Thérèse Raquin is about as unrelentingly gothic as anything you are likely to see on stage. It the sort of melodramatic tale that occasionally crops up on PBS’s Masterpiece Theater or in some dark and dank bodice ripper of a movie – the kind of thing that Saturday Night Live might have turned into a skit introduced by Dan Aykroyd as Leonard Pinth-Garnell, host of “Bad Conceptual Theater.”
Our heroine (Keira Knightley, making her Broadway stage debut) has been reared to be quietly tractable by a mildly annoying aunt (Judith Light, a treasure, even in this thankless role). The aunt, Madame Raquin, has decided how perfectly lovely it would be for Thérèse to marry her son, Thérèse’s doltish cousin Camille (Gabriel Ebert), so that the three of them can continue to live together. Forever! Thérèse, who has spent her entire life without the least expectation of experiencing any sort of pleasure, acquiesces out of sheer intertia.
Through most of Act I, Ms. Knightley's character is the embodiment of clinical depression, her demeanor rotating among various facial expressions that include gawking, gaping, goggling, gazing, ogling, staring, peering, and glaring. She has almost nothing to say as day after dreary day passes by, even after Camille decides to drag everyone off to Paris to live. (Who knew that the City of Lights could be so very gloomy).
Yet despite Beowulf Boritt’s elaborately bleak set design, Paris still manages to work its magic on Thérèse, whose heart and loins suddenly spring to life when she meets Laurent (Matt Ryan), an old friend of Camille. Before you can say “Anna Karenina,” the pair is engaged in a hot and heavy affair, leading inevitably to a plan to murder Camille – and from there to the sort of consequences you would expect to occur in such a tale as this.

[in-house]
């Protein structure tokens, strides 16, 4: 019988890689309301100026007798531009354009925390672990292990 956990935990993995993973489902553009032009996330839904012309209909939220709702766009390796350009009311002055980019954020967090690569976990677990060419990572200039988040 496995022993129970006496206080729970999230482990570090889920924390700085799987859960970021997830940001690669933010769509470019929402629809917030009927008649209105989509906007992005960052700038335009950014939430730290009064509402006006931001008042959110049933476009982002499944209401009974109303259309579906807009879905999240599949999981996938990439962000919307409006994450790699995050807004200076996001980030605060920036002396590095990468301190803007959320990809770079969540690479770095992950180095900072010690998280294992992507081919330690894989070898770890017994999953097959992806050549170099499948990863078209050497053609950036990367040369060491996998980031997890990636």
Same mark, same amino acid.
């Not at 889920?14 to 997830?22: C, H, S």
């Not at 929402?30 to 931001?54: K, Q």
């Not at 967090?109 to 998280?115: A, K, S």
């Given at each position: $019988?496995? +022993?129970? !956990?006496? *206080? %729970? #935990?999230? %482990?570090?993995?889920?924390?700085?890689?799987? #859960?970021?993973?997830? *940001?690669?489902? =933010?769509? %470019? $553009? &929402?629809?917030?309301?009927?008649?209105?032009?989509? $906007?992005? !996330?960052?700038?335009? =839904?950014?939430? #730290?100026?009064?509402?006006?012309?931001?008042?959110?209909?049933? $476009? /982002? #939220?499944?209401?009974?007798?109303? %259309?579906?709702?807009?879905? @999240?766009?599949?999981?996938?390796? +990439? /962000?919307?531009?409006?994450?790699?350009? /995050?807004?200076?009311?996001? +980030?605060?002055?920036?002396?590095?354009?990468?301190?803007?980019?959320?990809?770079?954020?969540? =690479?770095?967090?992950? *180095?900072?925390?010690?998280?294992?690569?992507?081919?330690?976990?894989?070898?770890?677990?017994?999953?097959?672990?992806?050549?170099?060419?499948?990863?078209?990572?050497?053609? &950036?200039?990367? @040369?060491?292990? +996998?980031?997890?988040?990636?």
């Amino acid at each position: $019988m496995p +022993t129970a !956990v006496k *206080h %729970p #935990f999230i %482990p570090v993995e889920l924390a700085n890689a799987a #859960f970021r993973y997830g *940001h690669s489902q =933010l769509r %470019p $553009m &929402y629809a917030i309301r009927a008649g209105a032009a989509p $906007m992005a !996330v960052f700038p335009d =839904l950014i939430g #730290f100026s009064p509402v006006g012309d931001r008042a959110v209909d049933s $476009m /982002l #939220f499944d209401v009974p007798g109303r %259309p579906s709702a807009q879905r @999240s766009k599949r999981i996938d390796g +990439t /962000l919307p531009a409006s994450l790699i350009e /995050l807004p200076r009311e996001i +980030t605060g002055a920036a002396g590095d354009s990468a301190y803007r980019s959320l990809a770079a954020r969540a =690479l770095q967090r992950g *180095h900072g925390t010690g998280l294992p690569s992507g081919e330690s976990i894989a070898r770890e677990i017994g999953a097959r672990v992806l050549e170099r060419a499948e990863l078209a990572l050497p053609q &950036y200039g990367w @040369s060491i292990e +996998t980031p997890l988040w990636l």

Director Evan Cabnet and the cast – which also includes David Patrick Kelly, Jeff Still, and Mary Wiseman as friends of the family who show up for weekly games of dominoes and who appear to be oblivious to the goings-on – milk the play for every drop of gothic atmosphere they can muster, and it certainly is unlike almost anything else I can recall seeing through my many years of theatergoing.
British playwright Helen Edmundson's adaptation of Thérèse Raquin (at the Roundabout Theater Company’s Studio 54) is a brave plunge into theatrical performing for the sprightly Ms. Knightley (Pride & Prejudice; The Pirates of the Caribbean), but oh what a head scratcher it has all turned out to be.
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